A United States warship arrived in the country on Monday, the first port call since 2019 and after Manila renewed the bilateral Visiting Forces Agreement with Washington.
The visit of Independence-variant combat ship USS Charleston (LCS 18), a commissioned ship of the US Navy, highlights the strong alliance, military relationship, and renewed engagements between the Philippines and the United States, officials said.
Meanwhile, the Philippines and Australia have firmed up a defense agreement that would pave the way for reciprocal logistics support between their armed forces, a crucial agreement intended to address Canberra’s security concerns in the region.
In a statement, the Australian Embassy on Wednesday revealed that the Philippines and Australia have concluded a Mutual Logistics Support Arrangement, but stopped short of providing details on the scope of its MLSA with the Philippines and when it will take effect.
Manila also signed a similar agreement with the United States in 2002 and remains in force.
Amid the threat of COVID-19, the crew of USS Charleston will remain aboard ship and will only be afforded rest and replenishment of supplies, officials said.
The routine port visit is a continuation of the relationship as treaty allies, and furthers the friendship, partnership and alliance between the US and the Philippines.
The US routinely participates in 300 bilateral engagements a year—ships visits, component exercises and major training exercises such as the Balikatan, Southeast Asia Cooperation and Training (SEACAT), and Maritime Training Activity Sama-Sama which signify joint commitment to peace and security in the Indo-Pacific region.
“Our US Navy ships’ presence at sea and in ports like Manila promote security and stability that drives the peace and prosperity for the benefit of regional countries,” said Vice Admiral Karl Thomas, commander of the US 7th Fleet.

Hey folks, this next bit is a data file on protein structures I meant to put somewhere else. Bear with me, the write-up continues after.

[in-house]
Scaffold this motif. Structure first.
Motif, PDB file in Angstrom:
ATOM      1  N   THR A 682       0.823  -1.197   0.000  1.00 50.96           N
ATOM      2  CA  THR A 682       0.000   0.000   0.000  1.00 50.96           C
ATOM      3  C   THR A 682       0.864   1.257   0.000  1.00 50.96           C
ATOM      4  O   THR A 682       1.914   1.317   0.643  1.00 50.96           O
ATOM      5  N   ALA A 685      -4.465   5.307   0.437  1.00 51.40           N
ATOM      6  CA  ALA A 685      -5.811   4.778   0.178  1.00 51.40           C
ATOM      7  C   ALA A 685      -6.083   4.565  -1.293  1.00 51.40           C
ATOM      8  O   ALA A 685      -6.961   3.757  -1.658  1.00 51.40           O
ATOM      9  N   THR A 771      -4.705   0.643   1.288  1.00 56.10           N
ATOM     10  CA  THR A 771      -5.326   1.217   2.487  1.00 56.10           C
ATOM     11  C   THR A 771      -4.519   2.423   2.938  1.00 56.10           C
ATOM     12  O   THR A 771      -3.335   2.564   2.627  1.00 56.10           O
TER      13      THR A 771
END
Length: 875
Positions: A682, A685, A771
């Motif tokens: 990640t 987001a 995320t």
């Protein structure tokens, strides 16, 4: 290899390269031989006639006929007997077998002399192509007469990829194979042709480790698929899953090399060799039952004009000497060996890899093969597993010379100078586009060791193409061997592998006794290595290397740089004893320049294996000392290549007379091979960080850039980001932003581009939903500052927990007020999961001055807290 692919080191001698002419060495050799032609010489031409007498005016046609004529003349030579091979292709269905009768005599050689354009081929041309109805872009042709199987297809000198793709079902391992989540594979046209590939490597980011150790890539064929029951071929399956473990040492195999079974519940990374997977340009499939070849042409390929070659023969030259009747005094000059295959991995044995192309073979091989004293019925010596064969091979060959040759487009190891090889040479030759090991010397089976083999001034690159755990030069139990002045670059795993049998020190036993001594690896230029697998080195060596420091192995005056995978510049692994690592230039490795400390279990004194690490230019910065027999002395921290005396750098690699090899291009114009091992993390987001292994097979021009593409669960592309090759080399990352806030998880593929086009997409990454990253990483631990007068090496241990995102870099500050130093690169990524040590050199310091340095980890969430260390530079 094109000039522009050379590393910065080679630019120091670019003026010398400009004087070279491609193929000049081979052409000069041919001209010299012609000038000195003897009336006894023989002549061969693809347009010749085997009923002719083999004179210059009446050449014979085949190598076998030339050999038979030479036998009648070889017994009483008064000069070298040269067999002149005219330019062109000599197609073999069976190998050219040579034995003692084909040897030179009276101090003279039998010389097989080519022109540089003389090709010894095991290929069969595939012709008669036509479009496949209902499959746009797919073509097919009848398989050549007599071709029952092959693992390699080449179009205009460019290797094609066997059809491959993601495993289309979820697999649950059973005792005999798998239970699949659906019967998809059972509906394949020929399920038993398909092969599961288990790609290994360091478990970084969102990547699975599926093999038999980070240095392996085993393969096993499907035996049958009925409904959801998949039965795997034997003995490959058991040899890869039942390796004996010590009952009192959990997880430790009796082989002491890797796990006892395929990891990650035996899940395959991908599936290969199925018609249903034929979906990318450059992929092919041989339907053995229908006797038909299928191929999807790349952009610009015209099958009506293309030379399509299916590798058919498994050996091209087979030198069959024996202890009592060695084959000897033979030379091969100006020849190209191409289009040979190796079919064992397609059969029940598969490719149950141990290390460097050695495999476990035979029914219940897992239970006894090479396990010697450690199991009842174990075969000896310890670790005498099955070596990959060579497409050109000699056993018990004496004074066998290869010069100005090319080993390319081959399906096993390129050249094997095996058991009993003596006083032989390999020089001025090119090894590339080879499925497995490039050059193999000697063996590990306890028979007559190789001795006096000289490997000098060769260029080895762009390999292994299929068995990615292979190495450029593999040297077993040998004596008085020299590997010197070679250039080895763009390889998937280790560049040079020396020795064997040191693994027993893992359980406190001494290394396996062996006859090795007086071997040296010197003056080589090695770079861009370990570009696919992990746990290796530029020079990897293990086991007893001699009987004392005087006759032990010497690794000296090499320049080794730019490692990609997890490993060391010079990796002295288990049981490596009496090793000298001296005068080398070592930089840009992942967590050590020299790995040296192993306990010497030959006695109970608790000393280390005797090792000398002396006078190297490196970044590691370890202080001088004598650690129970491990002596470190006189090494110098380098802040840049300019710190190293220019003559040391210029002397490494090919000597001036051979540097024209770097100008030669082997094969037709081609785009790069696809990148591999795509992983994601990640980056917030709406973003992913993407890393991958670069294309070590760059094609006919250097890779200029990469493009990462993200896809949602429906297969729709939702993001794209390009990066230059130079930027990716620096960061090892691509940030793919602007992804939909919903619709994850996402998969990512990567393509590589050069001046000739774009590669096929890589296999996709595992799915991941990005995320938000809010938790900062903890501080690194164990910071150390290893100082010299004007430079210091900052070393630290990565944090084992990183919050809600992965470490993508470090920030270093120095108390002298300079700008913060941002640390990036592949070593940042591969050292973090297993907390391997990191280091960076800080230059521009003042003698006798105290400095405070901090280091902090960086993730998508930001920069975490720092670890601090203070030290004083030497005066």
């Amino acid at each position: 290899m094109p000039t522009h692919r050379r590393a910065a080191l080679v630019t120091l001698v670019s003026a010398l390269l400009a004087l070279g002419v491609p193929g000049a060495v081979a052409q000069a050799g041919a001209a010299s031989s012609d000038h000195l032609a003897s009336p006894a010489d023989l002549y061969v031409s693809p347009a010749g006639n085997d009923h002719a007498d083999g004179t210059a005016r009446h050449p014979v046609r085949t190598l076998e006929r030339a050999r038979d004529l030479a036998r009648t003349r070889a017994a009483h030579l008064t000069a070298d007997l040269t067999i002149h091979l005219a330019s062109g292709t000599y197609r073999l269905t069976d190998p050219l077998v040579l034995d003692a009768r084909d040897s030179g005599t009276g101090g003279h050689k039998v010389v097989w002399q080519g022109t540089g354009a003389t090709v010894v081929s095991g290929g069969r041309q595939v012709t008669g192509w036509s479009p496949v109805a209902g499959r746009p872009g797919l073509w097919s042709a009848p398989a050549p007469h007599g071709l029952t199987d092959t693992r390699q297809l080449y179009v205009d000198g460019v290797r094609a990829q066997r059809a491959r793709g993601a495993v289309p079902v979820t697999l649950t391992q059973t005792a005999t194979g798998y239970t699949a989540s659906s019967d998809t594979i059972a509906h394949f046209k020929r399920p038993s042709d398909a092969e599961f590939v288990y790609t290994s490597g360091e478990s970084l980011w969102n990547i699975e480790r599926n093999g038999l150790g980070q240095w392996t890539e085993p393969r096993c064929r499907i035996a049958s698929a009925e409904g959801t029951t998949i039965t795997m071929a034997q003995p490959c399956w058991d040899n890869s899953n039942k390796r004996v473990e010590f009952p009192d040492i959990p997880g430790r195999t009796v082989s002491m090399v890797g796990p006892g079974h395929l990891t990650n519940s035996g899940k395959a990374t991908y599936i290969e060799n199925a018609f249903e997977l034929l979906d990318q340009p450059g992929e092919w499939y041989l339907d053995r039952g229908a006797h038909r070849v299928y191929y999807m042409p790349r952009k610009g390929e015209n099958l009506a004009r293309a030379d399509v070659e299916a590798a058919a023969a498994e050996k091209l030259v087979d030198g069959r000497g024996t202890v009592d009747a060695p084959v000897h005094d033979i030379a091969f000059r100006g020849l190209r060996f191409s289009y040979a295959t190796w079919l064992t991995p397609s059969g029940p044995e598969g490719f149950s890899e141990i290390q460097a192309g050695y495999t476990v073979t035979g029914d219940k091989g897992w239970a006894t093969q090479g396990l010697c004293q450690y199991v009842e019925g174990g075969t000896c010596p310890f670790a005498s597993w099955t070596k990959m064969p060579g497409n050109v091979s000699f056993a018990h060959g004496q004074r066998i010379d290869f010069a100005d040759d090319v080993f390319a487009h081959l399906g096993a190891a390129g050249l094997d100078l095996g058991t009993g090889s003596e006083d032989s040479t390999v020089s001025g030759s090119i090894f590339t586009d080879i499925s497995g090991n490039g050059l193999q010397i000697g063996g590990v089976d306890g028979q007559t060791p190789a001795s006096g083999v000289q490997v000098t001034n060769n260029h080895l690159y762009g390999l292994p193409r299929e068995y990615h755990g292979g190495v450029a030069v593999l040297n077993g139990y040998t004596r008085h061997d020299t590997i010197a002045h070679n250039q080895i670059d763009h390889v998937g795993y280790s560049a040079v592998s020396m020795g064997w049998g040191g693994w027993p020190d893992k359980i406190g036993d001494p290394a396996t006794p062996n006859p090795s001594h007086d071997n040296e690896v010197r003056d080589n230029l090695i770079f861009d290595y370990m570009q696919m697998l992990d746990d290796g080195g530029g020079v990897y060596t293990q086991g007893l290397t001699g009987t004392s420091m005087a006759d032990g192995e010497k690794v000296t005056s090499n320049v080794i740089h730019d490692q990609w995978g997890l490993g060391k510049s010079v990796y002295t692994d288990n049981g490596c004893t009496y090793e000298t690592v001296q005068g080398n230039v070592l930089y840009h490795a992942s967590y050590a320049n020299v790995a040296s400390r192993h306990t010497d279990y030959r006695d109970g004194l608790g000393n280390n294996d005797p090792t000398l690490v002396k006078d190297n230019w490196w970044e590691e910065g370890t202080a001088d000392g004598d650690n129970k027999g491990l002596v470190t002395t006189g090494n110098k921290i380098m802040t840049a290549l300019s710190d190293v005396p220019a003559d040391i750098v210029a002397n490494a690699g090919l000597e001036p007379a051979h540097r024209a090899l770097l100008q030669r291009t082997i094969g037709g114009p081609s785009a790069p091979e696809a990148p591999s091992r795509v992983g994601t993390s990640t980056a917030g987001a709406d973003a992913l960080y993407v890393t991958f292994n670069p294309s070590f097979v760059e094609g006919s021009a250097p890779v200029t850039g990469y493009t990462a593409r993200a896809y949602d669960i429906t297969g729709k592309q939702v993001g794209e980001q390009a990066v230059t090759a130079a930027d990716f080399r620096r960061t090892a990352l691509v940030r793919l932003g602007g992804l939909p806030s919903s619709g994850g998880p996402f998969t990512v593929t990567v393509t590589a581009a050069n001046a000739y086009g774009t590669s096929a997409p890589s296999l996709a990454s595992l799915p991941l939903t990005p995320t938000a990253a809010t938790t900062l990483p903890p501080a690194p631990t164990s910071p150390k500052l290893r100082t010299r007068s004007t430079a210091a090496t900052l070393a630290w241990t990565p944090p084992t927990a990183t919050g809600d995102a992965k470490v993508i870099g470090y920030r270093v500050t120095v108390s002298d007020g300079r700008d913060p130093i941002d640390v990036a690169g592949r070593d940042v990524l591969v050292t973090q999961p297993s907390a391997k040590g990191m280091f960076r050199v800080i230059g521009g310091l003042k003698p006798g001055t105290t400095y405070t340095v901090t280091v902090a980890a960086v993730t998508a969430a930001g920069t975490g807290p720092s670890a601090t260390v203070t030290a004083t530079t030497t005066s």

“We appreciate the flexibility to resupply our ships in the Philippines so that they are ready to support a free and open IndoPacific region,” Thomas pointed out.
Charleston is on a rotational deployment from San Diego, under Destroyer Squadron (DESRON) , supporting Commander, Task Force (CTF) 76 / Expeditionary Strike Group 7.
For his part, Australian Ambassador to the Philippines Steven J. Robinson said the Mutual Logistics Support Arrangement provided a solid framework for the Philippines and Australia’s defense organizations to conduct more complex engagement, and enhance interoperability in practical ways.
“As Australia and the Philippines face a rapidly evolving strategic environment, seeking new opportunities like this is increasingly important for deepening defense engagement,” Robinson said.
He added: “For example, it will be easier for both countries to respond to humanitarian disasters in our region together.
“Our cooperation promotes our shared vision for a peaceful, inclusive, and resilient region of sovereign states.”
Australia looks forward to fostering the mateship and bayanihan that underpin our defense cooperation as we celebrate the 75th anniversary of diplomatic relations this year.